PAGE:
Virginia Piers -

Grandview - Closed indefinitely.

Buckroe Beach - The pier was completely destroyed by hurricane Isabel.  The city of Hampton has expressed an interest to build a pier and has requested funding from the Recreational Development Fund.

Harrison - Completely demolished.  Closed indefinitely.

Lynnhaven - The pier is still under going rebuilding but plans call for a May 15 opening.

Virginia Beach - Bottom fishermen scored on a mixture of panfish the past week, including croaker, sea mullet, taylor bluefish and even a few pan trout.  Skate and dogfish are abundant at times.

Sandbridge - Scheduled to reopen (closed since September 2003, due to damage from hurricane Isabel) on Friday, May 8.

Outer Banks, NC -

Beach fishermen recorded mixed catches of speckled trout and puppy drum early in the week in the Avalon/Nags Head area but the action slowed by the weekend.  Oregon Inlet was slow but areas just south of the bridge produced a good mixture of taylor blues, sea mullet, pan trout and even a few small black drum. Bottom fishermen on the Avalon Pier last weekend enjoyed good catches of spot plus a scattering of puffers and speckled trout.  Bottom fishermen quickly learned shark and skate were most abundant out near the end of the pier.  Casters working Gotcha plugs had taylor blues and a few pan trout.  A good run of sea mullet developed Sunday.  Water temperature was a mild 56 degrees Saturday and Sunday.

On Hatteras Island, 11-year old Matthew Gillette pulled-in a 52-inch black drum on the north side of Cape Point.  The day also featured good catches of taylor blues on "metal" while bait fishermen settled for a scattering of flounder and puppy drum.  Pompano weighing as much as 2 pounds were beached at Avon.  Saturday produced another good run of bluefish up to 4 pounds at the Point.  Bottom fishermen scored on decent numbers of flounder in "the hook" while good hauls of sea mullet were recorded north of the Point.  On Sunday, the season's first surf caught cobia was landed by Paul Cupka.  The fish was 60 inches long and weighed 87 pounds.  Daytime action was again dominated by bluefish and flounder while a good run of large red drum developed in the late evening.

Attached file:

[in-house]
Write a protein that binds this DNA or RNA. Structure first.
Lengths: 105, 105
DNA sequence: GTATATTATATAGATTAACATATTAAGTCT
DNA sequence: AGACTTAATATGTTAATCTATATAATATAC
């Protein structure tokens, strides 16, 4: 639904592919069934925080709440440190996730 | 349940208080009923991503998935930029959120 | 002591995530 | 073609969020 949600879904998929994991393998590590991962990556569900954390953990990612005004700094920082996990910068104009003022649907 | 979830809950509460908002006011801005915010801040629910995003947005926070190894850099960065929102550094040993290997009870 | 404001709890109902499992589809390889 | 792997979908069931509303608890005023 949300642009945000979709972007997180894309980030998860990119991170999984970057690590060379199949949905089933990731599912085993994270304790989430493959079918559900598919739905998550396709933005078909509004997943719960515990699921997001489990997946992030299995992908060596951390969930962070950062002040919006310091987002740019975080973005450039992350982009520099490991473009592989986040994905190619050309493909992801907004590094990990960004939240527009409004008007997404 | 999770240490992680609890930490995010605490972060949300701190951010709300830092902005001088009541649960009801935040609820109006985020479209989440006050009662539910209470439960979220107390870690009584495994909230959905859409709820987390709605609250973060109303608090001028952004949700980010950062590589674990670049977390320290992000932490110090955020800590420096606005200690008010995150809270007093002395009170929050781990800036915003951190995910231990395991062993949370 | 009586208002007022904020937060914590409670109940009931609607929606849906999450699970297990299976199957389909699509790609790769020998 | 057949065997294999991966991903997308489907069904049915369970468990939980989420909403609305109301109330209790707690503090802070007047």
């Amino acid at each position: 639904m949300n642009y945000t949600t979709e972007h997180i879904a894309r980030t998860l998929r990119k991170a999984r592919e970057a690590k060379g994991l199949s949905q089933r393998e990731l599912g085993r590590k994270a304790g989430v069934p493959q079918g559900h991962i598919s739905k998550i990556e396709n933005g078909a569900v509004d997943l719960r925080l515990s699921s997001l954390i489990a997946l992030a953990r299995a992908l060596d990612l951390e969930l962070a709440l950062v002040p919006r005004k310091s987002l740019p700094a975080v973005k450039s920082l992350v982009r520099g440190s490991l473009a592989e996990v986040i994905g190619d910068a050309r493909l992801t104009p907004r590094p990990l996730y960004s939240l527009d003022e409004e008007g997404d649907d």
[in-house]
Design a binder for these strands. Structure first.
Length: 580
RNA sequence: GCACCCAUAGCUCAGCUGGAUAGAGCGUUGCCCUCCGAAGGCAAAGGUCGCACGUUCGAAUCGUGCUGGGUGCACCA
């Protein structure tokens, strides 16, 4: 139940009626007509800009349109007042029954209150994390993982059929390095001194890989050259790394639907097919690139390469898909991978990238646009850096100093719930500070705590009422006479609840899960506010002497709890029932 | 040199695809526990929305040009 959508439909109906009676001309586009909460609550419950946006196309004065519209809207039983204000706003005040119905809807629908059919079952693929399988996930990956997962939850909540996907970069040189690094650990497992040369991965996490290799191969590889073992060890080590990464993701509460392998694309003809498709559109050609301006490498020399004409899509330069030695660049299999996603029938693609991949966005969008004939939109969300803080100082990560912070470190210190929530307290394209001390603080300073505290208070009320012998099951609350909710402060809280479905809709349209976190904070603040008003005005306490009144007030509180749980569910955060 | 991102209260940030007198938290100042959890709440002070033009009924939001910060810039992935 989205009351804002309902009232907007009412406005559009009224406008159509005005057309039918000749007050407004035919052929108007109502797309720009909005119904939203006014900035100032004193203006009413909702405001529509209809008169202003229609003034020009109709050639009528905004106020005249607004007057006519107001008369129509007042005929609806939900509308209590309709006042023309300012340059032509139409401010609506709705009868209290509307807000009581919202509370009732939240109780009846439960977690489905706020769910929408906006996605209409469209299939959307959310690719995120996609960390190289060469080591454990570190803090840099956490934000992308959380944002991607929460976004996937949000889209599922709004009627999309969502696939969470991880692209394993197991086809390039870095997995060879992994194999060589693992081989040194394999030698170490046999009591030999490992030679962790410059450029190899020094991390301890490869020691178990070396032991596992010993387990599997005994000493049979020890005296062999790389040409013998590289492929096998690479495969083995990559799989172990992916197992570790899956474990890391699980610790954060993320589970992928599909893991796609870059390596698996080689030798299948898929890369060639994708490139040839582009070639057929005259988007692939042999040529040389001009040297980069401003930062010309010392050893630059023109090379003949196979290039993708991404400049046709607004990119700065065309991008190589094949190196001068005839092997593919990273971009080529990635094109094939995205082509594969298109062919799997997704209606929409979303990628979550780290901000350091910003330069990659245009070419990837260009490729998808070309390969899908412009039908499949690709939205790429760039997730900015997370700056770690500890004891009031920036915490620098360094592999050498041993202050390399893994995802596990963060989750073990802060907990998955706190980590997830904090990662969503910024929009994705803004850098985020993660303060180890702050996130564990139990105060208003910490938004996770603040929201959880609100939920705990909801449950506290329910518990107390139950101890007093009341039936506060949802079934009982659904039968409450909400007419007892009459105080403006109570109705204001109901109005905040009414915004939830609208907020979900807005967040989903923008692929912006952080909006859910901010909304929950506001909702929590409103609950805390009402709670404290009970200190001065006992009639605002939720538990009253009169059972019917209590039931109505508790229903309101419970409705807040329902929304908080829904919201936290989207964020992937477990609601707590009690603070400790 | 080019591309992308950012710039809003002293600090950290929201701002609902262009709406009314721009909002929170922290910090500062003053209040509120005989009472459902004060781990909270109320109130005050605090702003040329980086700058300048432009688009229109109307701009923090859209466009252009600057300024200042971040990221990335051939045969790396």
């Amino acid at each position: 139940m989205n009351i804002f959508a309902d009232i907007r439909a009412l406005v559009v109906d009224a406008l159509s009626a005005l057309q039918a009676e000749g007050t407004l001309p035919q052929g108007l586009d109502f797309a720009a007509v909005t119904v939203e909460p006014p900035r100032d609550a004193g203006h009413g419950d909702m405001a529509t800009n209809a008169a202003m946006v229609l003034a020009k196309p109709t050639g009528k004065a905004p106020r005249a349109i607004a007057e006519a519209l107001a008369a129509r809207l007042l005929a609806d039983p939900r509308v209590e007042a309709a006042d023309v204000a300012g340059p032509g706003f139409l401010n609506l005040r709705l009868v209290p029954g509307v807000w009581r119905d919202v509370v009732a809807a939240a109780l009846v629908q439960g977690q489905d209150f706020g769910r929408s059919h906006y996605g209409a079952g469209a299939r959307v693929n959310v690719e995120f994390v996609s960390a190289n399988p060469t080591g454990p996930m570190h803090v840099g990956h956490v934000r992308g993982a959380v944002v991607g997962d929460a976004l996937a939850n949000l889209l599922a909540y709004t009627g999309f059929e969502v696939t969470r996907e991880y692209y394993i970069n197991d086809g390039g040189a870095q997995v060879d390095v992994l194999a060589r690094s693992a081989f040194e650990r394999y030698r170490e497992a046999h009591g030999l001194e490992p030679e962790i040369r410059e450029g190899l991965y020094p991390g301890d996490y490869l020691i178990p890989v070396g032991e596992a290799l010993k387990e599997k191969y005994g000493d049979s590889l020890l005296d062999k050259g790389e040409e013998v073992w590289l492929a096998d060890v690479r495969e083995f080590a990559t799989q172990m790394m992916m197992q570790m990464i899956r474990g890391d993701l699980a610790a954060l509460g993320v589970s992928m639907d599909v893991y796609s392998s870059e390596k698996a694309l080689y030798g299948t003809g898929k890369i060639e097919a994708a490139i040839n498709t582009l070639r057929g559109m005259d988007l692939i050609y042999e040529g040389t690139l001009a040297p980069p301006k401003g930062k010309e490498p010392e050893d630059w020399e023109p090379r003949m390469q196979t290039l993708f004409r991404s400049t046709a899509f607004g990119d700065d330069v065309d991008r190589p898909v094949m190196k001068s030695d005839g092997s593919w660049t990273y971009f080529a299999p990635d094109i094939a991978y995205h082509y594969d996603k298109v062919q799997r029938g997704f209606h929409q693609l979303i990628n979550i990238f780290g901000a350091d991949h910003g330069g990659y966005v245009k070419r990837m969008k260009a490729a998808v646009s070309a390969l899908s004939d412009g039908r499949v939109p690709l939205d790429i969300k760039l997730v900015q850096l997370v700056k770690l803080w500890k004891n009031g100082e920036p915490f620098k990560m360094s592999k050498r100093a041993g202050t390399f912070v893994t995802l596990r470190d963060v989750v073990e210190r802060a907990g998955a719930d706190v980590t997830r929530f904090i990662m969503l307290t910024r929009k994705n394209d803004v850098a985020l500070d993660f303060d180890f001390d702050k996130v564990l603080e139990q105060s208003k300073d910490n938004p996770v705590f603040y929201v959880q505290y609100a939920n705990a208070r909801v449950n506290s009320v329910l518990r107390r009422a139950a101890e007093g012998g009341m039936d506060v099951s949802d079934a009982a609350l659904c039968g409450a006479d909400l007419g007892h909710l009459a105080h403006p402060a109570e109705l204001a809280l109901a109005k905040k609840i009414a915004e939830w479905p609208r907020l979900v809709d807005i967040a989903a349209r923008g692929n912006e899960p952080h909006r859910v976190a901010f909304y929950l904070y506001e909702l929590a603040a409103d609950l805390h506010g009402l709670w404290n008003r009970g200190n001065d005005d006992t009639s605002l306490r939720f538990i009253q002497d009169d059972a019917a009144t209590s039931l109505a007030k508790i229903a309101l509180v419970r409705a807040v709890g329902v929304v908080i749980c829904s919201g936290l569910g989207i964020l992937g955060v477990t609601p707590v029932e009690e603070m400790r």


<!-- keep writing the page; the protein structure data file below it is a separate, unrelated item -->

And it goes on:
The Oregon Inlet Fishing Center reported good catches of yellowfin tuna and gaffer dolphin the past week when the boats were able to fish offshore.  On Friday a fleet of 21 boats left the dock and all returned with a mixture of gaffer dolphin and yellowfin tuna plus a scattering of wahoo up to 73 pounds and several small mako shark (minimum size limit is 54 inches fork length).  One spearfish was also boated and released.   Several of the inshore boats located a huge school of 40 to 60-pound red drum and caught and released fish until arm weary.  On Saturday a fleet of 33 boats left the inlet and found good numbers of gaffer dolphin and some yellowfin tuna.  Several wahoo, three small mako shark and a scattering of king mackerel were landed plus a sailfish and white marlin were caught and released.  On Friday, the headboat recorded a good mixed catch of sea bass, sea mullet, dogfish and flounder while Saturday's trip produced a good haul of snapper blues.  The fleet was weathered-in Sunday and Monday.

The fleet sailing from Hatteras Inlet on Friday recorded good catches of gaffer dolphin plus some yellowfin tuna and a scattering of wahoo and king mackerel.  On Saturday, catches were equally split between yellowfin tuna and gaffer dolphin.  Clifford Schaffer of Fort Defiance, VA boated a 43-pound wahoo while a sailfish was released by the crew aboard the Big Eye.  On Sunday only two boats sailed due to weather considerations but both managed a mixed catch of tuna, dolphin, wahoo and king mackerel.

If you have additional information or would like further details contact Lewis Gillingham at (757) 247-2243.

Please credit the Virginia Marine Resources Commission's THE SALTWATER REVIEW as the source of the fishing information.   Project is funded by NOAA and VMRC.